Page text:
“The only reason why backlash can’t and does not go any further than a bunch of protests [here] … is because we have the FAIR Education Act,” says Adamian.

“Sometimes the best thing we can say [to teachers] is ‘Hang in there.’ If there is an effort like the law in California, then we will be there,” he says.

For states with restrictions on LGBTQ content, the policies apply specifically to sex education and how teachers can describe safe practices to their students. The details of these measures run the gamut, according to Clifford Rosky, a law professor at the University of Utah.

In South Carolina, for example, state legislation prohibits health education teachers from engaging in any “discussion of alternate sexual lifestyles from heterosexual relationships.” But in North Carolina, teachers are told simply to explain “the benefits of heterosexual relationships.”

Although these policies only specifically cover sex education lessons, many teachers run into confusion over whether mentioning a historical figure’s gender identity or sexuality counts as sex education content, Rosky said.

“The design of the laws was to make broad ambiguous prohibitions so that the topic would be ignored altogether,” he said.

Since 2017, Utah, Arizona and Alabama have lifted LGBTQ curricular restrictions — a move Rosky says generally garners more bipartisan support than instituting inclusivity mandates. Legislation that bans discussions of LGBTQ people increasingly lacks broad support, even among conservative groups. The repeal votes in the Utah House and Senate were both nearly unanimous. The reasons more states haven’t removed these policies, says Rosky, have more to do with the cost, time and potential for outing LGBTQ children in lawsuits than ideological opposition.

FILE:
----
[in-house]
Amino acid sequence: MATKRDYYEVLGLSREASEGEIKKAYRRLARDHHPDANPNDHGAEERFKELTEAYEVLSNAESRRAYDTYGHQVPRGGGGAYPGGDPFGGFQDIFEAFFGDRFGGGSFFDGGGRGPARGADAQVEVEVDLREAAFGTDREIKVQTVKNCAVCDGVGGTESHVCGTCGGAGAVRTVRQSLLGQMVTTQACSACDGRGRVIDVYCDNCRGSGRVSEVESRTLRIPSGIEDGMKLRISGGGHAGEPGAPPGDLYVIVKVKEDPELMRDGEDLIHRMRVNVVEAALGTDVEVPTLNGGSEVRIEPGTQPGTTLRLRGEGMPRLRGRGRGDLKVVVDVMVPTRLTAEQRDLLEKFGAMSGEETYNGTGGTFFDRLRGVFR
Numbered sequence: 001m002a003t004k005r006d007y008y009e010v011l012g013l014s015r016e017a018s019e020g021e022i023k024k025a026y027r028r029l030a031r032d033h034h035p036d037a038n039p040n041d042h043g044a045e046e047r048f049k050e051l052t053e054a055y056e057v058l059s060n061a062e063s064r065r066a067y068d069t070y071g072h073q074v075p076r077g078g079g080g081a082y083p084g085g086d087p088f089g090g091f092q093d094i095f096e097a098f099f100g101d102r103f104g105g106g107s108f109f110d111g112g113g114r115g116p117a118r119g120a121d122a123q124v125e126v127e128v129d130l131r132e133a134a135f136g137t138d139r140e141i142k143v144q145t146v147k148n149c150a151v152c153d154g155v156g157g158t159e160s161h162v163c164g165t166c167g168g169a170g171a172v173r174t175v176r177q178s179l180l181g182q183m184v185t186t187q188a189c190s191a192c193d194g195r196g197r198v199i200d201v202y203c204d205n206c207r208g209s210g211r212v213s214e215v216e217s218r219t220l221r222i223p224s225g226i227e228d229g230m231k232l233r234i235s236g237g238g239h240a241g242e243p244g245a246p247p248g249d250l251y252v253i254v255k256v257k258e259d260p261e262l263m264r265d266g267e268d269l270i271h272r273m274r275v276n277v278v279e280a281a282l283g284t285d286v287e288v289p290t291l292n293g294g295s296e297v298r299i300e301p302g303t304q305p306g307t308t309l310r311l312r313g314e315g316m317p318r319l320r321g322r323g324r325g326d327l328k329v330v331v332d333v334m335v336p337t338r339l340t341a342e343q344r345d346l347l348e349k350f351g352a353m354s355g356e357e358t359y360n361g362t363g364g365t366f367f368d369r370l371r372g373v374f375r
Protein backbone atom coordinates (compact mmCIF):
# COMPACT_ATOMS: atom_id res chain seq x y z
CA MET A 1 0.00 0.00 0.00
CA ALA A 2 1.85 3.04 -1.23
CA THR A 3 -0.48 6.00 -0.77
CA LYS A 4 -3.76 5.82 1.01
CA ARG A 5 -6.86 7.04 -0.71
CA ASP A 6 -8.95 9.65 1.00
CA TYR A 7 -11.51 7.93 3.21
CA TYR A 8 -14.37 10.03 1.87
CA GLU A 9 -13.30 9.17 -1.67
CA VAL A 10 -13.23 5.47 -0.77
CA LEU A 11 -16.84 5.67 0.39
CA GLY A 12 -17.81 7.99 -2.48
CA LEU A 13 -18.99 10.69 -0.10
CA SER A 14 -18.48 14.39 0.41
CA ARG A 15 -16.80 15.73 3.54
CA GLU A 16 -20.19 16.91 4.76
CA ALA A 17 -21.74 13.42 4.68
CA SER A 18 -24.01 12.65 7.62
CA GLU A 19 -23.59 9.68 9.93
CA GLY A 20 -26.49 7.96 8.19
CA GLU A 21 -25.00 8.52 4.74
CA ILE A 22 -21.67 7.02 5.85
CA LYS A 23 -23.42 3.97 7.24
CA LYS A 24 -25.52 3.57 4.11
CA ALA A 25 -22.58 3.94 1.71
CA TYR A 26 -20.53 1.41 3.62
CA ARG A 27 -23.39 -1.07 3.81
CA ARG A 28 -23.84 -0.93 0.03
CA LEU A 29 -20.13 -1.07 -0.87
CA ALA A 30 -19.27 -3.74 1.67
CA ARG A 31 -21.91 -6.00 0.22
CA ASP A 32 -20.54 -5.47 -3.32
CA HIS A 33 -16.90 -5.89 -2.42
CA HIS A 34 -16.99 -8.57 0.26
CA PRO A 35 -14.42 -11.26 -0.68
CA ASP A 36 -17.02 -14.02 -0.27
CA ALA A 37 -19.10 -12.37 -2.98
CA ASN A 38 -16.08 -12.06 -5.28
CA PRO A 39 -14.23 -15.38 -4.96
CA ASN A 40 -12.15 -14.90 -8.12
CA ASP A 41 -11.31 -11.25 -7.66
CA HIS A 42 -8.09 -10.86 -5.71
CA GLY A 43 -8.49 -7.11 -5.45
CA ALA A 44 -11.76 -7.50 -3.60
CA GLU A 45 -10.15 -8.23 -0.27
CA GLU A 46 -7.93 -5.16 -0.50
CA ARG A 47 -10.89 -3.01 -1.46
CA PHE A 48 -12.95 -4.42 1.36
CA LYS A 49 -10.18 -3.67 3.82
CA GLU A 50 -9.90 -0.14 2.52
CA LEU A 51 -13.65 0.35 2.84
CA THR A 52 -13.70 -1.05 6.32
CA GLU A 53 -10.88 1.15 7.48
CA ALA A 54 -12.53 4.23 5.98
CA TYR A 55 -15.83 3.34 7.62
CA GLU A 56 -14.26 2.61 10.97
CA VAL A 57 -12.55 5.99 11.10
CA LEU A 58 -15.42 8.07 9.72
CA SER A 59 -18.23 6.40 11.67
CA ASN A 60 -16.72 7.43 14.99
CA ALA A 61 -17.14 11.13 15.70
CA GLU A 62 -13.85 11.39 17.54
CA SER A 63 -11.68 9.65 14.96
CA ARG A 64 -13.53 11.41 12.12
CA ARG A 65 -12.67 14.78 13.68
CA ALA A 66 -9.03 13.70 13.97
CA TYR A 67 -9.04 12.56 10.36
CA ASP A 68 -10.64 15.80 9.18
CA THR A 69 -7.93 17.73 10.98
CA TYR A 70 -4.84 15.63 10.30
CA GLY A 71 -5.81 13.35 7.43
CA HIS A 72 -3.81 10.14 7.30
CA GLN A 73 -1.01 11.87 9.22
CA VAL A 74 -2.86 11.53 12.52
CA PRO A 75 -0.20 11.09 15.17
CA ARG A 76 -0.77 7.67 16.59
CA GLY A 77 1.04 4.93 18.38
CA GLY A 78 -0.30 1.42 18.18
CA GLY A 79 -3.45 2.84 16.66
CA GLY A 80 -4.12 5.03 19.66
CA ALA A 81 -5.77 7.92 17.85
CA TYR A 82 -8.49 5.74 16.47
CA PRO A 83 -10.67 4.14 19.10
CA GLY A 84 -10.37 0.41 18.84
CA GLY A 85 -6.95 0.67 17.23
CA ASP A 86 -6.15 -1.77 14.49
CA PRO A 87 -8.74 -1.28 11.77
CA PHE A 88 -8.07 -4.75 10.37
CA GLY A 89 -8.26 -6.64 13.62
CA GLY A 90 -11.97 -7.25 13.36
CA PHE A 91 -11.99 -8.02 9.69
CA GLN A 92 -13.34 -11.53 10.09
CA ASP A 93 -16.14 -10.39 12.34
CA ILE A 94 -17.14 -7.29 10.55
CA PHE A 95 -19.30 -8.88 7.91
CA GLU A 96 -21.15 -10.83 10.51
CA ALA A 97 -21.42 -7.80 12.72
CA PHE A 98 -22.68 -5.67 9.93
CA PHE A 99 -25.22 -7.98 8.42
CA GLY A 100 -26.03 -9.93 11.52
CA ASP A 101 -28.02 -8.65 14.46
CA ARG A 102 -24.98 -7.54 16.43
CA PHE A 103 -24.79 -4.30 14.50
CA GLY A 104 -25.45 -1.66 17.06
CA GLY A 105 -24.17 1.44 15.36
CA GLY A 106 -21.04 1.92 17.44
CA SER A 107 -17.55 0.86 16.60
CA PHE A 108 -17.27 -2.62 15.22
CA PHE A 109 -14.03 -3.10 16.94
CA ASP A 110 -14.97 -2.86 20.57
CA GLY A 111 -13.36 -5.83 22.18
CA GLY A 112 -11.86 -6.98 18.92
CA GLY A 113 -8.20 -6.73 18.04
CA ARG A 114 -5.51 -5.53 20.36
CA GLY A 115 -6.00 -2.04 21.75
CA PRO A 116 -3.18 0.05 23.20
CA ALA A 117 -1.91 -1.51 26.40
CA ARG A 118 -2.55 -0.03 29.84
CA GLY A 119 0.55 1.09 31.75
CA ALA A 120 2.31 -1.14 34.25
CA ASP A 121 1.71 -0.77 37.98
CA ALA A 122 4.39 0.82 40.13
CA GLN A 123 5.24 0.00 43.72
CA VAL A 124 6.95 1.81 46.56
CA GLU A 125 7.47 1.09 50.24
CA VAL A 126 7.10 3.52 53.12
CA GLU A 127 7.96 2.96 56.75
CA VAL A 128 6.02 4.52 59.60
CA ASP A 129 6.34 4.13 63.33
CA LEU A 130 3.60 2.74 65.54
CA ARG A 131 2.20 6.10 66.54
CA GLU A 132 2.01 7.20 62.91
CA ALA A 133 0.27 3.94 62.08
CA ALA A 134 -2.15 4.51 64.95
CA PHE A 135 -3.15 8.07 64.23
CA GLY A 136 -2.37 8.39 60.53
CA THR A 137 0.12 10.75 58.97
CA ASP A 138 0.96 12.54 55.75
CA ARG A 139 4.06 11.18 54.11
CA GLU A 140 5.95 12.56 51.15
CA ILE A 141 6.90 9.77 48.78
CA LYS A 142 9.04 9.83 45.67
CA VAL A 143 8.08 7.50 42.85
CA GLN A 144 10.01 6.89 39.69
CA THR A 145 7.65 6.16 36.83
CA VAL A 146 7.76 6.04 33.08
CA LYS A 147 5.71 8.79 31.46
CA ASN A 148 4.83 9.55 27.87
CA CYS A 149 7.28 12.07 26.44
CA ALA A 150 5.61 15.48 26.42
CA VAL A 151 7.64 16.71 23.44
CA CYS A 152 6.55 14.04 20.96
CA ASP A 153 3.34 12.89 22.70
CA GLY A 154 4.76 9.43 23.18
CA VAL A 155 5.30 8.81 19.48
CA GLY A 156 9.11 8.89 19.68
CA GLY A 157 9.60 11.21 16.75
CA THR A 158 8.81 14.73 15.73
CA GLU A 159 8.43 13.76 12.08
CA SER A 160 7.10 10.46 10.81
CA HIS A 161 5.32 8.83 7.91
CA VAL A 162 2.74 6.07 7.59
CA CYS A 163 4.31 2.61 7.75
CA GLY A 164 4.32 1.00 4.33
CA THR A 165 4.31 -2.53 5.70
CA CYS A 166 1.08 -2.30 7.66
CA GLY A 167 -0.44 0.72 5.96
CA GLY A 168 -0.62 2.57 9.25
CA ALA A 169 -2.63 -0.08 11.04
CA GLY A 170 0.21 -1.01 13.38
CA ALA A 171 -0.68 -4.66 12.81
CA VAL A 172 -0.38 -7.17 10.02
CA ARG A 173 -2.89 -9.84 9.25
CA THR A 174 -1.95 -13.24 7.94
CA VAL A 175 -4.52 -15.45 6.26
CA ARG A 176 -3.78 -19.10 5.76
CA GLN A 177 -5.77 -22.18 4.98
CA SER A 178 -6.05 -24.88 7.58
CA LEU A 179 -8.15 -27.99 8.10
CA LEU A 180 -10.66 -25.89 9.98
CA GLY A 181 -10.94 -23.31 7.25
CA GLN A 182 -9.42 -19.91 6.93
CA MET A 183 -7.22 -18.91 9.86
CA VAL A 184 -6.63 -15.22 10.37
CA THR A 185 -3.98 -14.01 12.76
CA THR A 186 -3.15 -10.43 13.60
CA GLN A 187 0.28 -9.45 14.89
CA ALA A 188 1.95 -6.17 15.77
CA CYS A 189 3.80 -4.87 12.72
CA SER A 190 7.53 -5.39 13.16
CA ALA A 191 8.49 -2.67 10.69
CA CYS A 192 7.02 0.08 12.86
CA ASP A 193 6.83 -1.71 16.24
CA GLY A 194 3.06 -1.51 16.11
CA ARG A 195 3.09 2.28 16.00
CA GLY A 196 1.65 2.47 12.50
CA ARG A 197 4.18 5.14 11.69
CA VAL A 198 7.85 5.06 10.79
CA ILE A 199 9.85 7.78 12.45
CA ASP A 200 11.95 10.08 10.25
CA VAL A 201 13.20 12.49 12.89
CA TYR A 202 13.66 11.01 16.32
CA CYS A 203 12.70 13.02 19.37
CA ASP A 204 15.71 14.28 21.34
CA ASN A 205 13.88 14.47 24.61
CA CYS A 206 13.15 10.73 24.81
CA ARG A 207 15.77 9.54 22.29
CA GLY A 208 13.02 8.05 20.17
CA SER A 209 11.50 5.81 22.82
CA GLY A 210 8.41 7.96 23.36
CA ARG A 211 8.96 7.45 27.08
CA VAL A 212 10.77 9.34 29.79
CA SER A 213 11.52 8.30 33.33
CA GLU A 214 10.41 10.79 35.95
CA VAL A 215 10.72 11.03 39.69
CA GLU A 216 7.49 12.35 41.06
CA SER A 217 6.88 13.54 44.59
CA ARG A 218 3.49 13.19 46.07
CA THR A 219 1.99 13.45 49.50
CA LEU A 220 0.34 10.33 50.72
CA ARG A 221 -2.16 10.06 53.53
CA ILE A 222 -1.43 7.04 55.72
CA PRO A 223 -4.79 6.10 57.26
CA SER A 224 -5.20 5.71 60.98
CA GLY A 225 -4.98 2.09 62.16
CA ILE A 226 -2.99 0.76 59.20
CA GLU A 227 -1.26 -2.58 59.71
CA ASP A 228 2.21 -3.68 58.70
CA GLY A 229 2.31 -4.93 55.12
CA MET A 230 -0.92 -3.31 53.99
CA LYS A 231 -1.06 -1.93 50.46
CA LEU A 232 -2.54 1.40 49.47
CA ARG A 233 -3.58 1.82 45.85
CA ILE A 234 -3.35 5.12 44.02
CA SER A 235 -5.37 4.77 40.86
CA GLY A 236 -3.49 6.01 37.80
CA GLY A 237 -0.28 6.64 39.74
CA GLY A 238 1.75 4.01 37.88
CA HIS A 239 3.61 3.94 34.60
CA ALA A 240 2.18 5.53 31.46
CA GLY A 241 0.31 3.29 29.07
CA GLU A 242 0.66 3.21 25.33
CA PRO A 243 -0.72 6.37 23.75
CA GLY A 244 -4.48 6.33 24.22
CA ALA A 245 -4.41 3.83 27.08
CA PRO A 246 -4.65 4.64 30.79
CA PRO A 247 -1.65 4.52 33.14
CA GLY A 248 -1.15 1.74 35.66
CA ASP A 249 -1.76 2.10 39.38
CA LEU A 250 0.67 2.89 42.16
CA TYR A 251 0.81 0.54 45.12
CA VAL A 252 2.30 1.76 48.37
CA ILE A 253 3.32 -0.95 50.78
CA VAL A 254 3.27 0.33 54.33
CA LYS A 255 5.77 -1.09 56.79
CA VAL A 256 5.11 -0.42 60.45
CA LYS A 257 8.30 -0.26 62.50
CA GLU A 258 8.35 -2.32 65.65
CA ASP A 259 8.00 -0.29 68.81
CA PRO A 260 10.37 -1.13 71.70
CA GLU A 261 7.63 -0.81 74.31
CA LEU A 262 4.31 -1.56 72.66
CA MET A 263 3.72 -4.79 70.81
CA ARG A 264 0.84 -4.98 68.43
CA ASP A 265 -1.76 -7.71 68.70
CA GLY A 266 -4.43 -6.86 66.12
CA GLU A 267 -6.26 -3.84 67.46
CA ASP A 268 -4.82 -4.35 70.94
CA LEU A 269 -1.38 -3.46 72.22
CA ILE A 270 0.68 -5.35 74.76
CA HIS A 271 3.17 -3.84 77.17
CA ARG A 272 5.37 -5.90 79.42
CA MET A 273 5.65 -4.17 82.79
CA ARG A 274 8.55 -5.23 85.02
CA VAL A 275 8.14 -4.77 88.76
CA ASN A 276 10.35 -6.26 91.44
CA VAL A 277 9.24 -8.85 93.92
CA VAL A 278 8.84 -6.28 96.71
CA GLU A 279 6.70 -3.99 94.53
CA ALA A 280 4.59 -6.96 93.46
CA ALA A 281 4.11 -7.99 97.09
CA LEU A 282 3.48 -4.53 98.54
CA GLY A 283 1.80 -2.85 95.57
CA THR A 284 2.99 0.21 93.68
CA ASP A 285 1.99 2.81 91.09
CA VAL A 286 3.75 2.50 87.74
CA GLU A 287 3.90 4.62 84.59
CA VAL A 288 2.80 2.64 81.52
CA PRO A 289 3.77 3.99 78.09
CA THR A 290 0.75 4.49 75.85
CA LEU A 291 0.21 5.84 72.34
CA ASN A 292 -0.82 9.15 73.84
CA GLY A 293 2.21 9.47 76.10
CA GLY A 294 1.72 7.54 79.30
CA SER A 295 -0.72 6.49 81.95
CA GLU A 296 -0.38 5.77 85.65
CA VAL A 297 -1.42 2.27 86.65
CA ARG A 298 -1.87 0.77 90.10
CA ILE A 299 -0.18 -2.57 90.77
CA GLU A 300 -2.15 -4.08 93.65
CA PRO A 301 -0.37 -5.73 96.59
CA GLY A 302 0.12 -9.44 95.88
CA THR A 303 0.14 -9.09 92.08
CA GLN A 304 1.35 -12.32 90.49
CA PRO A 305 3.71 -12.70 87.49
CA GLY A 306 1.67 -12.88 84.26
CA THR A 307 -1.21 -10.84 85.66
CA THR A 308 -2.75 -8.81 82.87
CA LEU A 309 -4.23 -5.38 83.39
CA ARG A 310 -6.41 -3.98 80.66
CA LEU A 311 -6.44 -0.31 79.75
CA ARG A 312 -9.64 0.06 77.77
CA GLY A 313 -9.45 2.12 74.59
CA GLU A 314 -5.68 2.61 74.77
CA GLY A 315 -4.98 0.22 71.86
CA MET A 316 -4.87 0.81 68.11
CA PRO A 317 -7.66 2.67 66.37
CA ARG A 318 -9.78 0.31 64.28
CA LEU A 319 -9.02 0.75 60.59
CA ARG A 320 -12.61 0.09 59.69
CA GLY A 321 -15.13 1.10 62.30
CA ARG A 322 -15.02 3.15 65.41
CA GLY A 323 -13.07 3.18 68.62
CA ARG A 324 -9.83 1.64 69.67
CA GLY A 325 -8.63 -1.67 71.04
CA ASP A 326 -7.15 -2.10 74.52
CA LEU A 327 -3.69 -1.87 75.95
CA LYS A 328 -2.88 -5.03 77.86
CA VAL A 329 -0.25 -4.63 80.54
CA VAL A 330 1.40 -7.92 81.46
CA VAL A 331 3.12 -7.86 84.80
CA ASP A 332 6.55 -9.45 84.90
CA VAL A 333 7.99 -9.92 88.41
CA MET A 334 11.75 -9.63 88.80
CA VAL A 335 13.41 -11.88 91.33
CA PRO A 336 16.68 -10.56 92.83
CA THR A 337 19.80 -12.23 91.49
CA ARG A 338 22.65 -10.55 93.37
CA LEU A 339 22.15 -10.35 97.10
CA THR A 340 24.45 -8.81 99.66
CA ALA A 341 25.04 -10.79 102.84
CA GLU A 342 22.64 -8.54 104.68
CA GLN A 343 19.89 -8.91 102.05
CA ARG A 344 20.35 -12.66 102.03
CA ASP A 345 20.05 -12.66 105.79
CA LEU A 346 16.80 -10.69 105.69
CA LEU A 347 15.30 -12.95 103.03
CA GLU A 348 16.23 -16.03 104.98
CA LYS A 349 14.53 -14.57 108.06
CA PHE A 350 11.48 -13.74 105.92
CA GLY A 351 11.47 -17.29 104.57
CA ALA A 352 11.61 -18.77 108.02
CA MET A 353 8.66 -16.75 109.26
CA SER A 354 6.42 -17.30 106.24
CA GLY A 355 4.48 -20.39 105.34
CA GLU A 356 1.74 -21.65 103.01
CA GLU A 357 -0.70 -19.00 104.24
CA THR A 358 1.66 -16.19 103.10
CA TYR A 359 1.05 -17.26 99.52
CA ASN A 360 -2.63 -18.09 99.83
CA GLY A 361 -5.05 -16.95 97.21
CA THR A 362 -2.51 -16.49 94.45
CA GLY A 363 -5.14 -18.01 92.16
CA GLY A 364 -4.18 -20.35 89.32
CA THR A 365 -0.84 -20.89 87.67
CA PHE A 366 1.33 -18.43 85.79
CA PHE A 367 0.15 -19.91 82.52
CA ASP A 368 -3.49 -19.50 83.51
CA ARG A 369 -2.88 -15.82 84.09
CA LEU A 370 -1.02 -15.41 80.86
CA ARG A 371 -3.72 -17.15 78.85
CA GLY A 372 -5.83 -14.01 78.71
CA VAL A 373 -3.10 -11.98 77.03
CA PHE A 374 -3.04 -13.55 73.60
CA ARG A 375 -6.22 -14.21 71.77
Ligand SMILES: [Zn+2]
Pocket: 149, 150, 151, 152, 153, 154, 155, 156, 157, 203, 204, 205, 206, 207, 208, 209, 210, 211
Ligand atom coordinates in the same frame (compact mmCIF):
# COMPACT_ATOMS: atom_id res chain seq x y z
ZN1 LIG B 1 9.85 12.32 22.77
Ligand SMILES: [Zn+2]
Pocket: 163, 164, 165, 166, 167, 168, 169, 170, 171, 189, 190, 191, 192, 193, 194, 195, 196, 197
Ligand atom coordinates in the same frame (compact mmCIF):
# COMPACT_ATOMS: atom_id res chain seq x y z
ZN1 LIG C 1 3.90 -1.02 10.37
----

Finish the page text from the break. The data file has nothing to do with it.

On the other hand, conservative groups have strongly challenged mandates, arguing that references to gender and sexuality shouldn’t be forced in schools and are best reserved for family discussions. The Alliance Defending Freedom, a prominent conservative Christian organization, has fought against incorporating LGBTQ content into public school curriculum.

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The ADF did not respond to multiple requests for comment, but a section of its website discussing “parents’ rights” reads, “Today, sexually explicit or homosexual materials are frequently mandated for children as young as kindergarten, many times against their parents’ will, and often in the name of ‘tolerance’ or ‘safe school lessons.’”

Republican officials have also expressed skepticism about mandating LGBTQ history lessons. After the Illinois House of Representatives approved an inclusivity mandate, state Rep. Tom Morrison told NPR, “Here’s what parents in my district said: ‘How or why is a historical figure’s sexuality or gender self-identification even relevant? Especially when we’re talking about kindergarten and elementary school history.’”

Ultimately, however, the call is rising for students of color, students with disabilities, immigrant students and those from other marginalized groups to learn with materials that reflect their experiences, says Sapon-Shevin. LGBTQ curriculum is just one part of that shift.

Rosky agrees, noting that throughout history anti-LGBTQ discrimination was justified by a desire to protect children.

“What we saw in the last several decades is an increasing recognition that actually discrimination against LGBT people doesn’t protect any children — what it does is harm children,” he says. “It harms LGBT children and the children of LGBT people.”

Noting the prominent anti-gay activist Anita Bryant’s 1970s “Save Our Children” campaign, Rosky said, “In some sense, the LGBT movement is saying, ‘No, no, no, save our children.’”